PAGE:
But can Cross make history and succeed in this election as an openly gay man where others before him have not?

“I believe times and attitudes have shifted from previous election cycles,” he said. “It’s worth noting that gay candidates who have run for City Council in the past have done fairly well in their districts. But I think that in the age of marriage equality and more general acceptance of gay lives, a broader constituency of people is ready to accept an openly gay candidate.”

We’ll find out on primary day, April 26.

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Comings & Goings

Conner promoted to manager of Scott Circle Communications



Robert Conner

The Comings & Goings column is about sharing the professional successes of our community. We want to recognize those landing new jobs, new clients for their business, joining boards of organizations and other achievements. Please share your successes with us at: [email protected].

Congratulations to Robert Conner, promoted to manager of Scott Circle Communications. On his promotion Conner said, “I’m proud to be promoted to manager of Scott Circle Communications. Our clients are all mission-driven. I am fortunate to use my expertise to help clients communicate complex and urgent information to the public in order to help people learn about new research relating to their health, and the society around them. As an activist fighting for equality and LGBTQ causes, my daily work at Scott Circle Communications aligns with my overarching life goal of using communication to benefit the greater good by writing clearly to bridge misunderstandings.” 

Conner previously worked at SKDKnickerbocker in D.C. Prior to that he had been an intern in the office of Sen. Bob Casey (D-Pa.).  He has had a number of speaking engagements with the Public Relations Society of America (PRSA) and received a bronze Bulldog Award for Best Media Relations Campaign 2022. He served as chair of the volunteer engagement committee of the Human Rights Campaign in Greater Philadelphia.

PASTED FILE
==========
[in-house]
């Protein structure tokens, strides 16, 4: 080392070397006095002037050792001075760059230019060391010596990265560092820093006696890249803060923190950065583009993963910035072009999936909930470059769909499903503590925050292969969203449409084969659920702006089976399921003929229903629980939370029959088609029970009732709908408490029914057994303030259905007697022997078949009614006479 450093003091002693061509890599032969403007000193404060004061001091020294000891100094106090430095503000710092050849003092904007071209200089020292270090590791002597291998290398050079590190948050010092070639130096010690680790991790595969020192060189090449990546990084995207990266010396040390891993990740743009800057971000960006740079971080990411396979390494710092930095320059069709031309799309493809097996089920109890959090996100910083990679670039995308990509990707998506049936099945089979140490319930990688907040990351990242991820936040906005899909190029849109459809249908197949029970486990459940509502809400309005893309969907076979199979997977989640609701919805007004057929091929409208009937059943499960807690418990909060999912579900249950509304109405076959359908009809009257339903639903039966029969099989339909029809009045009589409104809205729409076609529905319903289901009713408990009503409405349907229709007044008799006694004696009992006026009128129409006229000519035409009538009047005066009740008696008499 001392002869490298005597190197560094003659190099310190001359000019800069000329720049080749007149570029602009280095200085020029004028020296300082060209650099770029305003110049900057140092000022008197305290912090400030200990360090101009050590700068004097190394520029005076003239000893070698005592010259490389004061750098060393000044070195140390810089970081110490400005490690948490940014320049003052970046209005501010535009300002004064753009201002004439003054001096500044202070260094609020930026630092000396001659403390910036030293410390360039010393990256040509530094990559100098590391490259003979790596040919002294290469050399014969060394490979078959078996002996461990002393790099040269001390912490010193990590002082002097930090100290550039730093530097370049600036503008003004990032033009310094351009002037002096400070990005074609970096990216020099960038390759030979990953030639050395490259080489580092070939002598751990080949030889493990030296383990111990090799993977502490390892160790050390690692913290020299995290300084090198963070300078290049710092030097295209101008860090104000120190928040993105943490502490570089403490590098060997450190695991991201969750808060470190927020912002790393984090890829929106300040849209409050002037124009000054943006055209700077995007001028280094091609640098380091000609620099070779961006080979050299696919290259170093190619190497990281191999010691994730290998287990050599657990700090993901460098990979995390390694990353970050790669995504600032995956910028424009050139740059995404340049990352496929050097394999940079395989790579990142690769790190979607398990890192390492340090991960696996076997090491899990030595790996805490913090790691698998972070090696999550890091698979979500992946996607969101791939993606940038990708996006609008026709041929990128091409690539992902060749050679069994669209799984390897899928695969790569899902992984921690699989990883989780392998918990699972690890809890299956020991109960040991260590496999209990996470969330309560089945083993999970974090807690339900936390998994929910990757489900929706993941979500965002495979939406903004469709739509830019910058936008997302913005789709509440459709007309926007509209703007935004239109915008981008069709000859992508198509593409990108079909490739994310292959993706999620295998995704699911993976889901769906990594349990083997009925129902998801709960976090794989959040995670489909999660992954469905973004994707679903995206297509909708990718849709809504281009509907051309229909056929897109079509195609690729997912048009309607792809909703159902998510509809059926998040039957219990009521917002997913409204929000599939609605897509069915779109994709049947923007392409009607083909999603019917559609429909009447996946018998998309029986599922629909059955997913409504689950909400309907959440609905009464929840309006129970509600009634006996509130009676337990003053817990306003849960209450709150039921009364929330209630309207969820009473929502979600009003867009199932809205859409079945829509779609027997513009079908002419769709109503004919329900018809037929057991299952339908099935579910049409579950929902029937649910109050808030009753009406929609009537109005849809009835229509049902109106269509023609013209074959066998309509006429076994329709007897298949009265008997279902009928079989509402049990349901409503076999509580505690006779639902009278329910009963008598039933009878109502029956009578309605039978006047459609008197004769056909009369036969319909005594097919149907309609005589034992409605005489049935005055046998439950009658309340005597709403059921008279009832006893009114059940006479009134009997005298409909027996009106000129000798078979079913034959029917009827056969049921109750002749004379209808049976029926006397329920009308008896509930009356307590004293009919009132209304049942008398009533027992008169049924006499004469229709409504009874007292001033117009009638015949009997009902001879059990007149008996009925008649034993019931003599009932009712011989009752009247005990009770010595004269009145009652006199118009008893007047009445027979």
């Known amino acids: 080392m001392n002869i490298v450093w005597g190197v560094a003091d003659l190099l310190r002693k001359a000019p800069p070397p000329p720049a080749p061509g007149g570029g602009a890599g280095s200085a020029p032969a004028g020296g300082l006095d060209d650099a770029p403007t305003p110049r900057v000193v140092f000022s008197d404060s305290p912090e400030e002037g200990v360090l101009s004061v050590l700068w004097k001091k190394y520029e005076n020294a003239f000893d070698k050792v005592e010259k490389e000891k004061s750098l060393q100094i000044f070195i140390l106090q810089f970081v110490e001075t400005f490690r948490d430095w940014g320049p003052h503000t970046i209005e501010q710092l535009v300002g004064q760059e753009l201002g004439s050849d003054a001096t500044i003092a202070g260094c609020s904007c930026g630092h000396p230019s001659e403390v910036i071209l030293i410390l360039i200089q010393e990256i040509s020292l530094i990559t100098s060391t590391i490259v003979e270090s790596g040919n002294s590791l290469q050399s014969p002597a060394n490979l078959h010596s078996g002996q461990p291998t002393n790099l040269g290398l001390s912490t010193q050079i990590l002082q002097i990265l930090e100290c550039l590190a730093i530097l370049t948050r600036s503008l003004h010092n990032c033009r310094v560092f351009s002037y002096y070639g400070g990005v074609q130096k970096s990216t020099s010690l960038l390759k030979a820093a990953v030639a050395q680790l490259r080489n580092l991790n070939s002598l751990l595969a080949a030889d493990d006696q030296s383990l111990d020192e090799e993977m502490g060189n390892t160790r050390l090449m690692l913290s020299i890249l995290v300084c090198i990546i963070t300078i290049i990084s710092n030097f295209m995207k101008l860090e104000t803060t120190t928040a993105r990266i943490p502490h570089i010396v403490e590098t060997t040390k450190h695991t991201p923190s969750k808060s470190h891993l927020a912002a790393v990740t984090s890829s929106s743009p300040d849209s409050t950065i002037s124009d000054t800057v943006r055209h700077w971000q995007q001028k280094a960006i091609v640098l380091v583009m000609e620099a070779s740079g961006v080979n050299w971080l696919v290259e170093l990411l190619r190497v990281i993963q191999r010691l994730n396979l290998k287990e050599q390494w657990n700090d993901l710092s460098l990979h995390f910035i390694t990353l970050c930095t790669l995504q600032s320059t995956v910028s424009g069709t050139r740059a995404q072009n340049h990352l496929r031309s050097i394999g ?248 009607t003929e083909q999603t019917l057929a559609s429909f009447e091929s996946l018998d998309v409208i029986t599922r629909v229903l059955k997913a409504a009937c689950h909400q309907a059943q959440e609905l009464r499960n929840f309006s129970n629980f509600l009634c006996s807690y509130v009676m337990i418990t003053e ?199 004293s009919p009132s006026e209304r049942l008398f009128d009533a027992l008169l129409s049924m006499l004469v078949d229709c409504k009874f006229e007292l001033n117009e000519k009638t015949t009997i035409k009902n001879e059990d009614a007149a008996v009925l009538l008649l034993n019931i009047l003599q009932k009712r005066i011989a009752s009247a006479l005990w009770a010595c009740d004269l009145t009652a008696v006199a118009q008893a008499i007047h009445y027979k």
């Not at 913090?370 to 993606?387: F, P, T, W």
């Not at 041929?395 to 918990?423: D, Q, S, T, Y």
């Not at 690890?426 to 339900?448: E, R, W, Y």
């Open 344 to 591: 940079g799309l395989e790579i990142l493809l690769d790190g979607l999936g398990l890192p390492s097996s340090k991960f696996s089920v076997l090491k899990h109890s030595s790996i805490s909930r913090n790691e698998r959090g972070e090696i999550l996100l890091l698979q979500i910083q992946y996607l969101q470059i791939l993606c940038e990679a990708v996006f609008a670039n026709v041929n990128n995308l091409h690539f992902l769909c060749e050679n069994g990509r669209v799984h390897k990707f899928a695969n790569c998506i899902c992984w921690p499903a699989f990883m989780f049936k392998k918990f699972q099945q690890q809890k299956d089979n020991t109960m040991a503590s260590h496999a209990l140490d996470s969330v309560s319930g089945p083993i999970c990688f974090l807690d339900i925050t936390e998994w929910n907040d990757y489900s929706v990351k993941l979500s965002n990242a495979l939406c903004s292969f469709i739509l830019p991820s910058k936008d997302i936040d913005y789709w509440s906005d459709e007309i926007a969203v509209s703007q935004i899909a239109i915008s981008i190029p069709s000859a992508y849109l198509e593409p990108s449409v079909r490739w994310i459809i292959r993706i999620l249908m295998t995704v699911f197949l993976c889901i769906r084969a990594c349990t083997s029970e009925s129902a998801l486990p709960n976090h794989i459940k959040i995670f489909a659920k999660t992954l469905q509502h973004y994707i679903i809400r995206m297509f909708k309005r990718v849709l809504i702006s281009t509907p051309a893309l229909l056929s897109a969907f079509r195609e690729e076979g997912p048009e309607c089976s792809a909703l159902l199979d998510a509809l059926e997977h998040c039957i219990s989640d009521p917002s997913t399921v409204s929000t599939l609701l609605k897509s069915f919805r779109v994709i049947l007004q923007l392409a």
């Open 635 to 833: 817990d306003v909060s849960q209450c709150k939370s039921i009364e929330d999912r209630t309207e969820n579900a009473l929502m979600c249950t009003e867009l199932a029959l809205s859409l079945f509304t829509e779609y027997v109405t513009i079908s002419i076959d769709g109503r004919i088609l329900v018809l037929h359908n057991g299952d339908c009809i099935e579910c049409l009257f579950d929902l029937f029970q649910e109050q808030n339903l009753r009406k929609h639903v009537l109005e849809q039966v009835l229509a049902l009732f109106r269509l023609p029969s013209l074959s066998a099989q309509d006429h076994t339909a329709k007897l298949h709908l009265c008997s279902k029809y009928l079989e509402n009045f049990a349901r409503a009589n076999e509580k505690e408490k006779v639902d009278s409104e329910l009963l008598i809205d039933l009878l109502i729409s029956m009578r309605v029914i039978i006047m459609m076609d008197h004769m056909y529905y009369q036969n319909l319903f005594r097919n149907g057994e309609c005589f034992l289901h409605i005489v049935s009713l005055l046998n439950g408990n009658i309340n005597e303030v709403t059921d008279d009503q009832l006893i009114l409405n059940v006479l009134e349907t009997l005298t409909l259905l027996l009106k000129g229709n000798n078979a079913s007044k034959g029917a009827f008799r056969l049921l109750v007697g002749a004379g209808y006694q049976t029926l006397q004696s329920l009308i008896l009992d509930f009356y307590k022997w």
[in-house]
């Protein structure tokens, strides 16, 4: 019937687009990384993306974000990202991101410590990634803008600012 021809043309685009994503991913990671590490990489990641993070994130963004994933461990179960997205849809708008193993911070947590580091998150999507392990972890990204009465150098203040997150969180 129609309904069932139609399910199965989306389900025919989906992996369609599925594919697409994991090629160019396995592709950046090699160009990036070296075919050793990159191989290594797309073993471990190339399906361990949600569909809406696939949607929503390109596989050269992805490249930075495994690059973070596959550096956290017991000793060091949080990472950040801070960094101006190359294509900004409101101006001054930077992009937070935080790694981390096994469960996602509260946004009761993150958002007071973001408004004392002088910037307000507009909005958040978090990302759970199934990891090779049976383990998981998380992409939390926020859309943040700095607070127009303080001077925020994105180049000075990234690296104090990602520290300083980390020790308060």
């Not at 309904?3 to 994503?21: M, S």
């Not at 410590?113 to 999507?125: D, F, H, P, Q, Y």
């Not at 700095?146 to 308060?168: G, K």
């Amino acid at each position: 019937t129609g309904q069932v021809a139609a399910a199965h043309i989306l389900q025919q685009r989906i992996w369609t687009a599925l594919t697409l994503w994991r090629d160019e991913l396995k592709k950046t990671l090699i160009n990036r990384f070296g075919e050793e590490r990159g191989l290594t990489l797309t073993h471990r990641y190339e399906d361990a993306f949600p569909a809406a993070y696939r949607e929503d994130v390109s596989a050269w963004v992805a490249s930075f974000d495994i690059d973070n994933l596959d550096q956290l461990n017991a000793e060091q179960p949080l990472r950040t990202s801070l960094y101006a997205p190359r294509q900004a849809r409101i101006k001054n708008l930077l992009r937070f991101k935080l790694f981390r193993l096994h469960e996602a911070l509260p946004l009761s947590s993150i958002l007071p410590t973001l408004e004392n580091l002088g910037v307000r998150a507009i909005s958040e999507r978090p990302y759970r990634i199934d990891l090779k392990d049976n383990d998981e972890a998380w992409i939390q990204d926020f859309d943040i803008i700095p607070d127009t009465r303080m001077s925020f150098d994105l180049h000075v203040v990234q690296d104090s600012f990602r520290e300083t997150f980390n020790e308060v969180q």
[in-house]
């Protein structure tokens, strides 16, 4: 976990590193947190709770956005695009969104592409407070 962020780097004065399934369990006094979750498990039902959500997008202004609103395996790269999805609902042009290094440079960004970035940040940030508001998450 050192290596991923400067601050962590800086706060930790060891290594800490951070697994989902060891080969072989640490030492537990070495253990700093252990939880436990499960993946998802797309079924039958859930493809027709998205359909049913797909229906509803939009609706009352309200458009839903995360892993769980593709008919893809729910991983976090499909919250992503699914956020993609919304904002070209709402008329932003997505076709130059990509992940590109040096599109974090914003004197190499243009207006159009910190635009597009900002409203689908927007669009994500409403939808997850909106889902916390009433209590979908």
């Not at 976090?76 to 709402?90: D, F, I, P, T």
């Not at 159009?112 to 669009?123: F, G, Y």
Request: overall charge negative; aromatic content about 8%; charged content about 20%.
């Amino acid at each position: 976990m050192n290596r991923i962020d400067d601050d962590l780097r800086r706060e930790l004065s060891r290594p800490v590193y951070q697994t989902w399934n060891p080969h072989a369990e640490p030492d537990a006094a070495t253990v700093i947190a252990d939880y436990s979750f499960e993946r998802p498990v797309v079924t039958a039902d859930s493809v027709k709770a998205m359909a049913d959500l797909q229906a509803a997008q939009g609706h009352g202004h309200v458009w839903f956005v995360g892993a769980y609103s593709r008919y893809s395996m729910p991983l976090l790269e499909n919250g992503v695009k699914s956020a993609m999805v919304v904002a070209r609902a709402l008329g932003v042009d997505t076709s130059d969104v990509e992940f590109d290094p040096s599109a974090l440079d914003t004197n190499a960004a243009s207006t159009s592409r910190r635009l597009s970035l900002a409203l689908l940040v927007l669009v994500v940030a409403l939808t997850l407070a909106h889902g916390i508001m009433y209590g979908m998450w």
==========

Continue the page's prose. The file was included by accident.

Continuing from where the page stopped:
Conner earned his bachelor’s degree in political science from Swarthmore College, Swarthmore, Pa.

Congratulations also to Christopher Rudolf who joined Atlantic Shores Sotheby’s International Realty in Ocean City, Md. Rudolph is a licensed Realtor in Maryland and Delaware specializing in the beaches and coastal areas of Worcester County, Md., and Sussex County, Del. He said, “I have been assisting buyers and sellers of real estate in our area since 2015. I thoroughly enjoy helping people achieve their dreams of coastal property ownership. The Maryland/Delaware seashore is a very cool place that I like to call home, and teaching people about the history and attractions of the region is a lifelong passion of mine.”  

In addition to real estate in the warm months, Rudolf works part-time as a manager at The Kite Loft of Ocean City. He was appointed to the Ocean City Board of Zoning Appeals in 2013 by Ocean City Mayor Rick Meehan, and recently was elected chair of the board.  

He earned his bachelor’s degree in political science from Salisbury University in Maryland.  

Christopher Rudolf
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Lesbian candidate trails by just 17 votes in Hyattsville Council race

Election board mum on whether all ballots are counted



Lisbeth Melendez Rivera (Photo courtesy of the Melendez Rivera Campaign)

Lesbian activist and diversity consultant Lisbeth Melendez Rivera was behind her closet rival by just 17 votes on Tuesday night in a three-candidate special election to fill a vacant seat on the Hyattsville, Md., City Council.

In what it said were the unofficial results of the special election, the Hyattsville Board of Supervisors of Elections posted on its website that candidate Emily Strab had 280 votes, Melendez Rivera had 263 votes, and candidate Kelly Burello had 152 votes. Three votes were cast for write-in candidates, the election night posting said.

“Results are unofficial until certified by the Board of Supervisors of Election,” the posting said. The certification was scheduled to take place at 1 p.m. Thursday, Oct. 6.

The online posting of the results did not say whether there were any outstanding votes from absentee or mail-in ballots. A spokesperson for the election board couldn’t immediately be reached Tuesday night or Wednesday morning.

The Ward 2 seat on the 10-member Hyattsville Council in the Prince George’s County suburban city became vacant when the incumbent Council member, Robert Croslin, won election as mayor.

Melendez Rivera currently operates BQN Consulting, a firm she created to provide support services related to organizing, training and capacity building, according to the firm’s website. The website says that from 2014 to 2017 she served as Director of Latinx & Catholic Initiatives for the Human Rights Campaign, the D.C.-based national LGBTQ advocacy organization.